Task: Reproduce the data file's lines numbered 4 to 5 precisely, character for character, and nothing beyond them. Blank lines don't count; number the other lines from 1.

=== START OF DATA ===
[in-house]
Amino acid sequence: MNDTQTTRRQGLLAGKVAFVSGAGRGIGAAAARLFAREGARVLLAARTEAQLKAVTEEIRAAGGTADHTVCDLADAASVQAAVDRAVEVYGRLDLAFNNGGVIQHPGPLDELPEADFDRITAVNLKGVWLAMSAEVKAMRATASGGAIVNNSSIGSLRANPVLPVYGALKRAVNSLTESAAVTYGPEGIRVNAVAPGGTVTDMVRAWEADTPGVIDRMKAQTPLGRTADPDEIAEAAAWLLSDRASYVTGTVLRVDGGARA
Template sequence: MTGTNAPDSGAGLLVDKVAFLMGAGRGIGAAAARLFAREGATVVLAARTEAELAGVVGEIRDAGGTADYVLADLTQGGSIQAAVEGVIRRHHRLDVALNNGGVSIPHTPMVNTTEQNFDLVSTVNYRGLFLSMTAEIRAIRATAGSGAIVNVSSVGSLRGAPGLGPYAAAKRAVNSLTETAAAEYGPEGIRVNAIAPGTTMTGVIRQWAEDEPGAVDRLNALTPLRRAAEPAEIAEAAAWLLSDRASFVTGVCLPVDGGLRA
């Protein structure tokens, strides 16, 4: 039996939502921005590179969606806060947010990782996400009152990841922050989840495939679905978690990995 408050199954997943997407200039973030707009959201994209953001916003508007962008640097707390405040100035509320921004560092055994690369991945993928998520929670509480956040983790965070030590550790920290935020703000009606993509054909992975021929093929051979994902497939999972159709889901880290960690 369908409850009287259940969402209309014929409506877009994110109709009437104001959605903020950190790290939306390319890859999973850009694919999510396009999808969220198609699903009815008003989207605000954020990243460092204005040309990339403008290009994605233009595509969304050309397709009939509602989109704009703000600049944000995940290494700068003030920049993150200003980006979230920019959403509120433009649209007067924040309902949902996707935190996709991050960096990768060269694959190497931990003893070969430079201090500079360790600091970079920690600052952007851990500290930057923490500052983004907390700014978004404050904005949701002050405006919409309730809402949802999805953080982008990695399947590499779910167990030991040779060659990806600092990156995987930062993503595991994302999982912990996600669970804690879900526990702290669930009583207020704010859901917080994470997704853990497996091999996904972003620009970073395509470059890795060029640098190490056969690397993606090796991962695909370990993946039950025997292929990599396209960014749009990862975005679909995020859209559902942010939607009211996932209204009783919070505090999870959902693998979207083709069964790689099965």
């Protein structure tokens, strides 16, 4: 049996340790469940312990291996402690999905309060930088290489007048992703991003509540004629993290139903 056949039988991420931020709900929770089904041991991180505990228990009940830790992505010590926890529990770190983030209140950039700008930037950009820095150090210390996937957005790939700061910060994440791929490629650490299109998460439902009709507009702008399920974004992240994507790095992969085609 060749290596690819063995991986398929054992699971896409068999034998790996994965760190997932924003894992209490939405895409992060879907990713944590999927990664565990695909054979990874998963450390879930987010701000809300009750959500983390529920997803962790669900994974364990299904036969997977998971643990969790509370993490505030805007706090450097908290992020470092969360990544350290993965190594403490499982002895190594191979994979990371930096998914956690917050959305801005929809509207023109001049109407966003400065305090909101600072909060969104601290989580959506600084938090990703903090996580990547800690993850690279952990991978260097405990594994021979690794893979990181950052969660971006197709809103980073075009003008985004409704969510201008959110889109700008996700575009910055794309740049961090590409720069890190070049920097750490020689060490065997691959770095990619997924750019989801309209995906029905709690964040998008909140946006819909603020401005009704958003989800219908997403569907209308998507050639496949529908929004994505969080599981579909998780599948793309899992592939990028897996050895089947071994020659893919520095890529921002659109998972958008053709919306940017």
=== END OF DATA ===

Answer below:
């Protein structure tokens, strides 16, 4: 039996939502921005590179969606806060947010990782996400009152990841922050989840495939679905978690990995 408050199954997943997407200039973030707009959201994209953001916003508007962008640097707390405040100035509320921004560092055994690369991945993928998520929670509480956040983790965070030590550790920290935020703000009606993509054909992975021929093929051979994902497939999972159709889901880290960690 369908409850009287259940969402209309014929409506877009994110109709009437104001959605903020950190790290939306390319890859999973850009694919999510396009999808969220198609699903009815008003989207605000954020990243460092204005040309990339403008290009994605233009595509969304050309397709009939509602989109704009703000600049944000995940290494700068003030920049993150200003980006979230920019959403509120433009649209007067924040309902949902996707935190996709991050960096990768060269694959190497931990003893070969430079201090500079360790600091970079920690600052952007851990500290930057923490500052983004907390700014978004404050904005949701002050405006919409309730809402949802999805953080982008990695399947590499779910167990030991040779060659990806600092990156995987930062993503595991994302999982912990996600669970804690879900526990702290669930009583207020704010859901917080994470997704853990497996091999996904972003620009970073395509470059890795060029640098190490056969690397993606090796991962695909370990993946039950025997292929990599396209960014749009990862975005679909995020859209559902942010939607009211996932209204009783919070505090999870959902693998979207083709069964790689099965």
């Protein structure tokens, strides 16, 4: 049996340790469940312990291996402690999905309060930088290489007048992703991003509540004629993290139903 056949039988991420931020709900929770089904041991991180505990228990009940830790992505010590926890529990770190983030209140950039700008930037950009820095150090210390996937957005790939700061910060994440791929490629650490299109998460439902009709507009702008399920974004992240994507790095992969085609 060749290596690819063995991986398929054992699971896409068999034998790996994965760190997932924003894992209490939405895409992060879907990713944590999927990664565990695909054979990874998963450390879930987010701000809300009750959500983390529920997803962790669900994974364990299904036969997977998971643990969790509370993490505030805007706090450097908290992020470092969360990544350290993965190594403490499982002895190594191979994979990371930096998914956690917050959305801005929809509207023109001049109407966003400065305090909101600072909060969104601290989580959506600084938090990703903090996580990547800690993850690279952990991978260097405990594994021979690794893979990181950052969660971006197709809103980073075009003008985004409704969510201008959110889109700008996700575009910055794309740049961090590409720069890190070049920097750490020689060490065997691959770095990619997924750019989801309209995906029905709690964040998008909140946006819909603020401005009704958003989800219908997403569907209308998507050639496949529908929004994505969080599981579909998780599948793309899992592939990028897996050895089947071994020659893919520095890529921002659109998972958008053709919306940017």